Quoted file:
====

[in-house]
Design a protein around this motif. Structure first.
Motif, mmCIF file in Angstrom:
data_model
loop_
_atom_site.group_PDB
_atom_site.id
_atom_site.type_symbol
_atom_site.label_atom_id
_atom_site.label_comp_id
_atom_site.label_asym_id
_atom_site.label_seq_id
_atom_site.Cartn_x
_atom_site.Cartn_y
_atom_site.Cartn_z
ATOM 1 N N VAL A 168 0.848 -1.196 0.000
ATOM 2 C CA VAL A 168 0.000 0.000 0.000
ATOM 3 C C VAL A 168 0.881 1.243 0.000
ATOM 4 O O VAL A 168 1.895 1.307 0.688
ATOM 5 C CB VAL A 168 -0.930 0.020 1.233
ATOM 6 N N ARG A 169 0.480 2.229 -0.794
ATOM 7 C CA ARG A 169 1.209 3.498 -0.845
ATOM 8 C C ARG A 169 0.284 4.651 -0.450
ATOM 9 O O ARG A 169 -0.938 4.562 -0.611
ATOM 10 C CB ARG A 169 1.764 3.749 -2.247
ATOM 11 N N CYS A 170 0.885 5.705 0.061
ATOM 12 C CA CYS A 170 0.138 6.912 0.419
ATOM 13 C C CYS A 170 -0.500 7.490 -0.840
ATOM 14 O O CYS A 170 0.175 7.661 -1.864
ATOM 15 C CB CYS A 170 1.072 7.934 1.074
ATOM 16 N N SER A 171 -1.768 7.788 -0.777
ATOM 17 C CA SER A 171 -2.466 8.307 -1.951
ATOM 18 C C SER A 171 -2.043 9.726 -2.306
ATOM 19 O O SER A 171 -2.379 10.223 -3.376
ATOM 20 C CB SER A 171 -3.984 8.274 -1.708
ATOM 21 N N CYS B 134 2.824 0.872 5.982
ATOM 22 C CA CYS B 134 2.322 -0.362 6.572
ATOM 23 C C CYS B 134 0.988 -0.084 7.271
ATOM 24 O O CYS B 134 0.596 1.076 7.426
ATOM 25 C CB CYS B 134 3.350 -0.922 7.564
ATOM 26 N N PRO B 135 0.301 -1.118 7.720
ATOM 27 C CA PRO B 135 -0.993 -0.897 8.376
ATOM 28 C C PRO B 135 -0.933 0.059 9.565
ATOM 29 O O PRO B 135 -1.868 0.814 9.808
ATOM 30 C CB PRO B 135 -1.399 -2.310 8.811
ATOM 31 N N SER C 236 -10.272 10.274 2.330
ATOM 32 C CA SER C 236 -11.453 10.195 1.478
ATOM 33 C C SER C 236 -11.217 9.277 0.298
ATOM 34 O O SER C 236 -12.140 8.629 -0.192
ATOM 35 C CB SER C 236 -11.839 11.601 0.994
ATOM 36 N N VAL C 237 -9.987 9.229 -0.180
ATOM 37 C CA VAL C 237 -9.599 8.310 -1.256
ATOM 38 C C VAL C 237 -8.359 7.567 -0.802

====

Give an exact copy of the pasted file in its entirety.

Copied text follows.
[in-house]
Design a protein around this motif. Structure first.
Motif, mmCIF file in Angstrom:
data_model
loop_
_atom_site.group_PDB
_atom_site.id
_atom_site.type_symbol
_atom_site.label_atom_id
_atom_site.label_comp_id
_atom_site.label_asym_id
_atom_site.label_seq_id
_atom_site.Cartn_x
_atom_site.Cartn_y
_atom_site.Cartn_z
ATOM 1 N N VAL A 168 0.848 -1.196 0.000
ATOM 2 C CA VAL A 168 0.000 0.000 0.000
ATOM 3 C C VAL A 168 0.881 1.243 0.000
ATOM 4 O O VAL A 168 1.895 1.307 0.688
ATOM 5 C CB VAL A 168 -0.930 0.020 1.233
ATOM 6 N N ARG A 169 0.480 2.229 -0.794
ATOM 7 C CA ARG A 169 1.209 3.498 -0.845
ATOM 8 C C ARG A 169 0.284 4.651 -0.450
ATOM 9 O O ARG A 169 -0.938 4.562 -0.611
ATOM 10 C CB ARG A 169 1.764 3.749 -2.247
ATOM 11 N N CYS A 170 0.885 5.705 0.061
ATOM 12 C CA CYS A 170 0.138 6.912 0.419
ATOM 13 C C CYS A 170 -0.500 7.490 -0.840
ATOM 14 O O CYS A 170 0.175 7.661 -1.864
ATOM 15 C CB CYS A 170 1.072 7.934 1.074
ATOM 16 N N SER A 171 -1.768 7.788 -0.777
ATOM 17 C CA SER A 171 -2.466 8.307 -1.951
ATOM 18 C C SER A 171 -2.043 9.726 -2.306
ATOM 19 O O SER A 171 -2.379 10.223 -3.376
ATOM 20 C CB SER A 171 -3.984 8.274 -1.708
ATOM 21 N N CYS B 134 2.824 0.872 5.982
ATOM 22 C CA CYS B 134 2.322 -0.362 6.572
ATOM 23 C C CYS B 134 0.988 -0.084 7.271
ATOM 24 O O CYS B 134 0.596 1.076 7.426
ATOM 25 C CB CYS B 134 3.350 -0.922 7.564
ATOM 26 N N PRO B 135 0.301 -1.118 7.720
ATOM 27 C CA PRO B 135 -0.993 -0.897 8.376
ATOM 28 C C PRO B 135 -0.933 0.059 9.565
ATOM 29 O O PRO B 135 -1.868 0.814 9.808
ATOM 30 C CB PRO B 135 -1.399 -2.310 8.811
ATOM 31 N N SER C 236 -10.272 10.274 2.330
ATOM 32 C CA SER C 236 -11.453 10.195 1.478
ATOM 33 C C SER C 236 -11.217 9.277 0.298
ATOM 34 O O SER C 236 -12.140 8.629 -0.192
ATOM 35 C CB SER C 236 -11.839 11.601 0.994
ATOM 36 N N VAL C 237 -9.987 9.229 -0.180
ATOM 37 C CA VAL C 237 -9.599 8.310 -1.256
ATOM 38 C C VAL C 237 -8.359 7.567 -0.802